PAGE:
Shloimie's eyes open wide as his father places several chickens into the basket. Slowly they move on from aisle to aisle. The cart fills up with fruit, vegetables, wine, cake, and drinks - all to honor the Shabbos Queen.

"We're almost finished, Shloimie. We just have to pay."

Shloimie's eyes open even wider as he sees the cashier ringing up all of the items. Finally, she makes a total - a lot of money.

"Abba, I never realized that the Shabbos food is so expensive. Maybe we should cut down on the number of guests to save money?"

Shloimie's father smiled.

"Shloimieleh, to answer your question, I would like to share a Devar Torah from the Medrash Rabba (Yisro 27:7) with you. It begins with a puzzling verse from Shlomo HaMelech. 'Cast your bread upon the waters, for after many days you will find it' (Koheles 11:1). Are people foolish enough to throw their food away into the sea? Of course not! Who is this verse referring to? Yisro, who gave bread to Moshe. As the verse states, 'Call him and let him eat bread' (Shemos 2:20)."

"Abba, why is Moshe Rabbeinu referred to as water?"

"Because Paroh's daughter named him Moshe, which means, 'I drew him from the water' (Shemos 2:10). Shlomo HaMelech concludes 'for after many days you will find it.' This refers to Aharon and all the elders of Israel who came to eat bread with Yisro."

"I still do not understand the message, Abba."

"The Medrash is addressing the fact that many verses in the Torah are written about Yisro, and how Moshe and Aharon greeted him (Shemos 18:1-12). This must be an important event, if so much is written about it. The episode of Yisro teaches us the reward for good deeds. Do not be afraid to do a good deed, even if it appears that you will lose money. Yisro was not afraid to feed Moshe. Who knows if he would ever see him again? No good deed goes unrewarded! In the merit of his hachnasas orchim (act of kindness of welcoming and feeding a guest), Yisro merited to become close to the Shechina (Divine Presence). As the verse states, 'Moshe...Aharon...and the elders of Israel came to eat bread with the father-in-law of Moshe before Hashem." "I see Abba. We are not wasting any money on food for our Shabbos guests."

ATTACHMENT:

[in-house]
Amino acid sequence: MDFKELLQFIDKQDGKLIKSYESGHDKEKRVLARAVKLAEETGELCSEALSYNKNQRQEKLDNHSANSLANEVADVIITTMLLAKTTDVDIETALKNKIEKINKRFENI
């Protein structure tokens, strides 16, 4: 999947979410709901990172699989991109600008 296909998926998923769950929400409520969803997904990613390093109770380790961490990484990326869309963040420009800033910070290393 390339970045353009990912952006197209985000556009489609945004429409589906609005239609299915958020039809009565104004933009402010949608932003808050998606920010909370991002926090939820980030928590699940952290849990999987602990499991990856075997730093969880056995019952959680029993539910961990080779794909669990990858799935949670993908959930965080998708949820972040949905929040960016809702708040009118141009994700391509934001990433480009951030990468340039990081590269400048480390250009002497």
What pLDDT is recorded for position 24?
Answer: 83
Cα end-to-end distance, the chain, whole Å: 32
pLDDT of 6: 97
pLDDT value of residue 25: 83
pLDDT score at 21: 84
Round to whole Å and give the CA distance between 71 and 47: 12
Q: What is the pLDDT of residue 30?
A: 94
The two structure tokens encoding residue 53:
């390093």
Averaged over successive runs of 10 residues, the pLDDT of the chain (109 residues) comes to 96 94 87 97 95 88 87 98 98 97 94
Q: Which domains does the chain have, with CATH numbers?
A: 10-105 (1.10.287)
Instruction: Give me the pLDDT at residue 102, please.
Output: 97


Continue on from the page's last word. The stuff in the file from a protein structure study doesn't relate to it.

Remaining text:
"Not a penny, Shloimie. We will get it all back, one way or another. Hashem will not let any good deed go unrewarded."

Kinderlach . . .

"I am getting frustrated. I spend money on mitzvos. I invest a lot of time trying to help people. I am working on my middos. Do people appreciate what I am doing? Do they realize how much effort I am putting in?" Don't worry. Every effort is important. Every chessed is remembered. Every penny spent is accounted for. No good deed ever goes unrewarded. You will benefit from all of your efforts. Only Hashem knows when and where. Trust Him. He will not let you down.

Parasha Questions:

How much greater power does a good middah have than a bad middah? (Rashi 20:5)

What reward does a person receive for honoring his parents? (20:12)

Which type of theft is "lo tignov" referring to? (Rashi 20:13)